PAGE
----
Is it too early to knock the Western Cape’s new DMO?
It finally happened: the Western Cape’s destination marketing organisation – known inexplicably as Cape Town Routes Unlimited (CTRU) – has effectively been closed down, and its functions have been taken over by WESGRO – a body with a far broader mandate. As the media release of 8 April put it: “Tourism industry stakeholders in the Western Cape were given official notice yesterday that destination marketing, investment and trade promotion for the province would now be done by a single, ramped up executing agency to increase the province’s national and global competitiveness as a business and leisure destination.”
And if you’ve been following the story, already the criticism has begun.
I held no brief for CTRU: while I personally get on very well with all the people who worked there, I always wondered how effective the business model really was. From its name downwards, I think it was a misguided, misinformed, and misdirected organisation that spent more time marketing itself than marketing the Province – its one, single client. I mean, what were *they* thinking when they called it Cape Town Routes Unlimited?
What about the rest of the Province?
But no matter. It is no more.
Still, as a resident of the Garden Route, I’ve watched the dramatic fall in tourism numbers in numbers in our region over the last few years – and listed while they tell us that they’re packing them in in Cape Town.
Does this have anything to do with the fact that CTRU brought the marketing of the Garden Route to an abrupt stop at some point? They’ll deny it, but I’ve seen it – the Garden Route dropped off CTRU’s radar. As a DMO it seemed to prefer Cape Town, with a few sops to Route 62, and maybe the West Coast.
But no matter. It is no more.
A few things about the new situation, though.
The combined DMO is now running under the WESGRO banner (“the official Investment and Trade Promotion Agency for the Western Cape, located in Cape Town” – and this makes sense to me.
Why? Well, because it’s time to stop marketing tourism in a vacuum, and rather to market the destination as a whole – a Province that offers fantastic opportunities in tourism, film making, agriculture, ICT, fashion, manufacturing, education, medicine, and, and, and…
We’re grownups, now. We should have learned to play with the other kids long ago.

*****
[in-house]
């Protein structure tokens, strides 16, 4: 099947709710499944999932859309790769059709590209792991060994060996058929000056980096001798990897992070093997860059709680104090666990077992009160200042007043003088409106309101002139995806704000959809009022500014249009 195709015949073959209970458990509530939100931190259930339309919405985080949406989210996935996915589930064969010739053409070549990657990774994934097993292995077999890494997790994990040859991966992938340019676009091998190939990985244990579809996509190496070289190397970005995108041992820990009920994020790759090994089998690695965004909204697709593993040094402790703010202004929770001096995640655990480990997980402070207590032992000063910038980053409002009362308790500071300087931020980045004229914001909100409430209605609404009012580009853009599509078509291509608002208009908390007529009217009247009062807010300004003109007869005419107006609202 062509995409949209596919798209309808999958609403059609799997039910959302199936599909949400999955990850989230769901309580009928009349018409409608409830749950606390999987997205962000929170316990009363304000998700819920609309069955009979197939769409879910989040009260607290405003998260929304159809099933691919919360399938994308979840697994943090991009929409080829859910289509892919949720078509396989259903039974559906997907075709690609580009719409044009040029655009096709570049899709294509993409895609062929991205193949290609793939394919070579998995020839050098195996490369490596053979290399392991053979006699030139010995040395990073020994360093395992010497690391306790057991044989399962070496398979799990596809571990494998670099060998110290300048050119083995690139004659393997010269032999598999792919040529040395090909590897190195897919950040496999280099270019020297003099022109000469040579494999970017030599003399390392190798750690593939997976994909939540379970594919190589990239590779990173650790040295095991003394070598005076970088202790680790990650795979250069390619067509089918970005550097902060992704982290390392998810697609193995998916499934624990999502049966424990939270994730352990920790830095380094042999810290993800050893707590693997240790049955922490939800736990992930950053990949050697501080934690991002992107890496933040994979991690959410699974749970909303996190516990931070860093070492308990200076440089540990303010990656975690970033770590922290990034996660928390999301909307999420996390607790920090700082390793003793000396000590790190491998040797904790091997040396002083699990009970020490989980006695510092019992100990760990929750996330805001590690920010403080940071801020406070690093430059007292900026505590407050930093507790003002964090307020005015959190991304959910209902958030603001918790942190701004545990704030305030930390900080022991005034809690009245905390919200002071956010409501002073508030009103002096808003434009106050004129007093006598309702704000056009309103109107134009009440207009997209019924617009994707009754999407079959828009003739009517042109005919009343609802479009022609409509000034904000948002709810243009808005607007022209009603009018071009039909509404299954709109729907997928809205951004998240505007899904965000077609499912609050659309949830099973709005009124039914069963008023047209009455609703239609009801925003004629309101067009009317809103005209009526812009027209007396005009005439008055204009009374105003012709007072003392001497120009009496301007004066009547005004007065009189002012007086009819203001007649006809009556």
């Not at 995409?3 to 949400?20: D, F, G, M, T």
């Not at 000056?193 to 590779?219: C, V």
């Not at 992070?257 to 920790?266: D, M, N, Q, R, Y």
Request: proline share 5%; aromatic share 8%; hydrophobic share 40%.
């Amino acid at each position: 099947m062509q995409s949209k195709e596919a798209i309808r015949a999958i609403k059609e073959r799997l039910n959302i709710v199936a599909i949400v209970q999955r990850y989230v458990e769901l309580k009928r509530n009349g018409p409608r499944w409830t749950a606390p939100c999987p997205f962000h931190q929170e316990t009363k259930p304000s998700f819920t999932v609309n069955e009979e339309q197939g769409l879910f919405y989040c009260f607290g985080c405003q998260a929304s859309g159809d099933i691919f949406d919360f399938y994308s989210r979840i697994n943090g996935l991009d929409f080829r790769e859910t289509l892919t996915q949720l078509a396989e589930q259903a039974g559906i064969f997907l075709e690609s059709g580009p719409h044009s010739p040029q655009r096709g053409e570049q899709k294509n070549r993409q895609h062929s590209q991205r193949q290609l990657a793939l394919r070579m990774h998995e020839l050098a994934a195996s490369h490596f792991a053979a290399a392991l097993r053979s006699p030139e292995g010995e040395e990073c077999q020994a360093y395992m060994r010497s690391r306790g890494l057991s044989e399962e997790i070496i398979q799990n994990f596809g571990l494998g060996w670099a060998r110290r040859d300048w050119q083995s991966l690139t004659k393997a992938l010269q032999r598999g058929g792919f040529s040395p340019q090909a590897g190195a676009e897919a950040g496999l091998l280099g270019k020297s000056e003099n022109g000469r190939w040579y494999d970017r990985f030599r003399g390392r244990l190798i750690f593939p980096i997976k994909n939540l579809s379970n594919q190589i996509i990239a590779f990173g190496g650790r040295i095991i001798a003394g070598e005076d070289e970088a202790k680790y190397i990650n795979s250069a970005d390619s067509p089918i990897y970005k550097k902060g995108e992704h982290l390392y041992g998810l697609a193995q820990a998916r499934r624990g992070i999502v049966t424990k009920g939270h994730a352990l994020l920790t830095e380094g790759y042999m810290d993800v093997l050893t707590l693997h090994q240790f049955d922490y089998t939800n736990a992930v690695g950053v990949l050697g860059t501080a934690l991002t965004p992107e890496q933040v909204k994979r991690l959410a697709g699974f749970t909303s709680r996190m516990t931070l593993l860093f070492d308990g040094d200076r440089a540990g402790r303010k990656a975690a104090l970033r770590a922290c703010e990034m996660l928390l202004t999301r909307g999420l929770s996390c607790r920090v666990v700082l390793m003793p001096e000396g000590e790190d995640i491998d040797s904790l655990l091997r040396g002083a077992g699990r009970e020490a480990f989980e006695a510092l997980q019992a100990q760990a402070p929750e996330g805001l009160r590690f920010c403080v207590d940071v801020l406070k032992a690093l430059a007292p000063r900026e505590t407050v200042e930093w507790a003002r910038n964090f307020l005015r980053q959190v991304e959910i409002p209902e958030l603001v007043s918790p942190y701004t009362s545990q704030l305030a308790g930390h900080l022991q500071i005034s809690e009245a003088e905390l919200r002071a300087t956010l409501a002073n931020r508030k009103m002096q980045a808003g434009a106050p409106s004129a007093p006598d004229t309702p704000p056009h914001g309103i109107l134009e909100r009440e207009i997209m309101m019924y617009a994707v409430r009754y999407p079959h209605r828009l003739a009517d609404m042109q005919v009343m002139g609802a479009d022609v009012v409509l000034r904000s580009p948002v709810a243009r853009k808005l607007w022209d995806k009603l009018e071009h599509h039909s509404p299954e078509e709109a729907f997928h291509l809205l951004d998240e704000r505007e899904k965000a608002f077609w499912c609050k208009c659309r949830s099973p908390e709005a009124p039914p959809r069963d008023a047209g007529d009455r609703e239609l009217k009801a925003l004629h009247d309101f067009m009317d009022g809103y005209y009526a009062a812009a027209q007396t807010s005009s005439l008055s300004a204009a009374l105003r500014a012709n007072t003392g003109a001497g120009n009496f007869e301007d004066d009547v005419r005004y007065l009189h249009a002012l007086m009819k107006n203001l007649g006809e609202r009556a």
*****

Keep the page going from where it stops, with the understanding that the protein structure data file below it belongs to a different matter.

I’m very concerned that WESGRO should not make the same mistakes that CTRU made, by (a) marketing itself rather than the destination, and (b) forgetting that the *Province* is the client – and not just that village under the mountain. You know, the one with the big Waterfront and (only a part of) our famous Wine Route?
Whether this is going to happen or not is still to be seen, but I note with concern that the media release quotes WESGRO CEO Nils Flaatten as saying, “WESGRO was currently investigating the process of integrating the www.wesgro.co.za and www.tourismcapetown.co.za websites but said these would remain in place with all the relevant industry information until further notice. He encouraged tourism stakeholders to find the updated events calendar on http://wesgro.co.za/corporate/event-types.”
This isn’t good enough. The destination needs a web site with the name Western Cape in the URL – not Cape Town, not WESGRO. Matterafact, I think we must demand it.
WESGRO cannot be allowed to market the bits of the Cape that it prefers, or feels comfortable with, as CTRU appeared to do.
Having said that, though, it’s far too early to ask whether or not the new arrangement will or won’t work – because *we* – the businesspeople of the Western Cape – must make it work.
So now my question is: how do we do this? How is WESGRO going to take its mandate to the tourism industry (and to all the other industries in the Province), and how will our input be received?
If it’s with the same contempt with which most government departments and most South African political parties receive input from the citizens for whom they’re supposed to work, the whole exercise will indeed have proved another a waste of time.
But again: it’s far too early to say.